rename domain active directory

Risks of Renaming Your Domain in Active Directory

As a sysadmin, there might be moments where you’ll find the need to change, merge, or rename your domain. There are many reasons why you might need to do this, for instance: an organizational restructuring, merger, buyout or expansion. Keep in mind that a rename is not designed to accommodate forest mergers or the movement…

What's the difference between hacking and phishing

What’s the Difference between Hacking and Phishing?

Because I’ve boldly assigned myself the task to explain hacking and phishing, I feel compelled to define both terms concisely because, as Einstein’s been quoted countless times, “If you can’t explain it simply, you don’t understand it well enough.” Simply put, in my opinion: Hacking is using exploits to gain access to something you do…

keys

On Authentication

The basis of any modern security system is authentication—ensuring someone is who they say they are.  By far, the most prevalent means of authentication in use today was invented in the 1960s: the username and password. In the ensuing five decades, so much has changed: computers aren’t kept in glassed off rooms, hard drives aren’t the size of…

Automate Exchange Distribution List Management

From a business perspective, distribution lists (DLs) for email communications are a powerful and well-understood concept in IT. And they are popular: Exchange admins have voted with their right-clicks, creating lots of these Active Directory objects in their corporate domains. DLs speed up overall collaboration and leverage the power of groups to answer questions, share…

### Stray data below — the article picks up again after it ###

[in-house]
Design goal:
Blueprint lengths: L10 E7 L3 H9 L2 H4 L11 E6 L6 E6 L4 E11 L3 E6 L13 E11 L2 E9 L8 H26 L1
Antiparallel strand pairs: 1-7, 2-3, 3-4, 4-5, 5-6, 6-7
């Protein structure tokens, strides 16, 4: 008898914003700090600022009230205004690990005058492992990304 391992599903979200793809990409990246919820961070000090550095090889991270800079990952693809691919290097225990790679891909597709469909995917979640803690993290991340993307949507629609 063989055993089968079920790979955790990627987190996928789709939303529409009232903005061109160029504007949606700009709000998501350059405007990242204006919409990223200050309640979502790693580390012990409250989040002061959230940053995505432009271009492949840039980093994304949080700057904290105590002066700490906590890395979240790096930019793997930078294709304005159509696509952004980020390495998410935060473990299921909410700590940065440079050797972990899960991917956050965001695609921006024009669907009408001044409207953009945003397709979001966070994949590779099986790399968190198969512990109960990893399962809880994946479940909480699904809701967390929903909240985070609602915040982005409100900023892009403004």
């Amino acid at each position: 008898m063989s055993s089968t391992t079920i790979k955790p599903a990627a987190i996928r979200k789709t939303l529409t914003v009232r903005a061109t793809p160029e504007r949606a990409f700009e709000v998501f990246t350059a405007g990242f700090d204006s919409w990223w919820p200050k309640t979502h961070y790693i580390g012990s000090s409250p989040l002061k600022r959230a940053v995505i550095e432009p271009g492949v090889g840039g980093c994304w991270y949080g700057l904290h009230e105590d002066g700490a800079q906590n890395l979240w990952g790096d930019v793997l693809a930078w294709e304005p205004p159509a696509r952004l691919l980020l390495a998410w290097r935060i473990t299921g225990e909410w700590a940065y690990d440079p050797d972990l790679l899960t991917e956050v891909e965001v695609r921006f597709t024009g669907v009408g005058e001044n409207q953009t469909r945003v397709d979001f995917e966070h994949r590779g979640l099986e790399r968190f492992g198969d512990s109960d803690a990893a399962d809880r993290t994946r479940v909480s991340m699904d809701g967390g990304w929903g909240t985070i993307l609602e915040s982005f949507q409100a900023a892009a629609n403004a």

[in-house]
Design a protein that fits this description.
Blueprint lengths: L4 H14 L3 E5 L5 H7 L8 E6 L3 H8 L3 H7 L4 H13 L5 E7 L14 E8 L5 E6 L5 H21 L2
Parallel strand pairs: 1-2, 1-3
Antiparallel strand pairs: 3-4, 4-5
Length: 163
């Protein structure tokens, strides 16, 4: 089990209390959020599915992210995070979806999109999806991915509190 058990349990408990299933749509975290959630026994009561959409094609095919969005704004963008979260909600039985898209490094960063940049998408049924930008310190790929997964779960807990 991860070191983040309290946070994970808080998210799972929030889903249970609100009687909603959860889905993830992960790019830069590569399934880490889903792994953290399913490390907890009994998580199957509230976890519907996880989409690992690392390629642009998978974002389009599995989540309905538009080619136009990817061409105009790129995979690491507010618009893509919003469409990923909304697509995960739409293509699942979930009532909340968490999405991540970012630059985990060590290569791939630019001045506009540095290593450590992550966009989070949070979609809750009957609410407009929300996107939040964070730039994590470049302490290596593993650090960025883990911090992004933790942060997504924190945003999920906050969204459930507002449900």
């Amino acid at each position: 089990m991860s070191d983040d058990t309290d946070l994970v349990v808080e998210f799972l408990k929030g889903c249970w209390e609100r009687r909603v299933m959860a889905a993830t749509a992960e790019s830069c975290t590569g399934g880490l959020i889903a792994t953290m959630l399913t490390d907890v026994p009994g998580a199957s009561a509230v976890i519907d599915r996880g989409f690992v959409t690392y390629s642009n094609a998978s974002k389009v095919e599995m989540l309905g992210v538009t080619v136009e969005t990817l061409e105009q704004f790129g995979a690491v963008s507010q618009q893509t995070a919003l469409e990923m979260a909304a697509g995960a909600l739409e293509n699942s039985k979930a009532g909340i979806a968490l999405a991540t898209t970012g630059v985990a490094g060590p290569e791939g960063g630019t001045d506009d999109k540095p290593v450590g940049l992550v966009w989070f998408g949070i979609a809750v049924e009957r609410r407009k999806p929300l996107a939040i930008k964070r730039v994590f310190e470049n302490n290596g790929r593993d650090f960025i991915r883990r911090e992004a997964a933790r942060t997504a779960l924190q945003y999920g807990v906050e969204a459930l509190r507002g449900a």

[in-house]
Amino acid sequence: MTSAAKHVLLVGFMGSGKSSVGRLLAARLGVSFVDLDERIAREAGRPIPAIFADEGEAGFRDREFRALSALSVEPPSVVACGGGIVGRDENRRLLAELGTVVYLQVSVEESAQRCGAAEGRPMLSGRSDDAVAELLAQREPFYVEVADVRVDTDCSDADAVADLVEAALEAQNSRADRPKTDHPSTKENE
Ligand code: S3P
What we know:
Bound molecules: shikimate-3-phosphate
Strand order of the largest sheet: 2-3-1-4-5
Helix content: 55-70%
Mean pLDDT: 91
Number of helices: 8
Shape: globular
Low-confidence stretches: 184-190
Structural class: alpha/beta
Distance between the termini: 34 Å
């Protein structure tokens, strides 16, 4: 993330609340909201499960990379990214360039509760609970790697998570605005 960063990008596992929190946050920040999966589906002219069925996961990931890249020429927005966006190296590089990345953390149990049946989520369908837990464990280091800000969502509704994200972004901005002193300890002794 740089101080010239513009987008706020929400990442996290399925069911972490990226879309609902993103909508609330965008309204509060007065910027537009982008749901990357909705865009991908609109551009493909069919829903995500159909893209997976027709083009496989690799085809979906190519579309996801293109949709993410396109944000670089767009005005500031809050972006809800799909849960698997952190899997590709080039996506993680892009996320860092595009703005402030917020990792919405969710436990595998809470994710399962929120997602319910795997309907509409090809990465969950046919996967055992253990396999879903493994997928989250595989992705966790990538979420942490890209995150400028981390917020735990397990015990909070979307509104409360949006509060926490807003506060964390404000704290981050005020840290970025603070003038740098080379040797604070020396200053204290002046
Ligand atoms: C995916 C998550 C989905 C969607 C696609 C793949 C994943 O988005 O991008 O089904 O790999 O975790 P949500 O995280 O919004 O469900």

The Dangers of Shared Links

Many web applications give users the ability to share private information with unauthenticated users via obscure, publicly accessible URLs.  These URLs, often called “external links” or “shared links,” are a convenient way to collaborate with people without giving them a username and password. But how in the world is it secure if the URLs are publicly accessible?…

Start Sweating the Small Stuff

In his recent New York Times article, “That Daily Shower Can Be a Killer,” renowned geographer Jared Diamond observes how Americans tend to greatly exaggerate risks that are sensational and beyond our control—like plane crashes and nuclear radiation—yet underestimate the mundane, but more common risks that we can control—like slipping in the shower or falling…

The Definitive Guide to Cryptographic Hash Functions (Part II)

Last time I talked about how cryptographic hash functions are used to scramble passwords.  I also stressed why it is extremely important to not be able to take a hash value and work backwards to figure out the plain text input.   That was Golden Rule #1 (pre-image resistance). But if hashes can’t be reversed, why…

The Definitive Guide to Cryptographic Hash Functions (Part 1)

Give me any message and I will create a secret code to obscure it. Try it! Try another one. This is called hashing—a technique often used to secure passwords (among other things).  Instead of keeping your secret, “dog”, in plain text for everyone to see, I’ll store the ugly 32-character code (the code is commonly…

The Difference Between Everyone and Authenticated Users

In order to maintain proper access controls, it’s crucial to understand what every entity on an access control list (ACL) represents, including the implicit identities that are built into a Windows environment. There are a lot of built-in accounts with obscure names and vague descriptions, so it can be confusing. One question I often get…

Who Is TRYING To Access Your Data?

In our previous post we discussed how over 80% of data breaches are considered “opportunistic.” The majority of them are regular employees who have excess permissions, who abuse their access to obtain sensitive information. When we take these two things into account we can confidently say that a primary area of risk is where regular…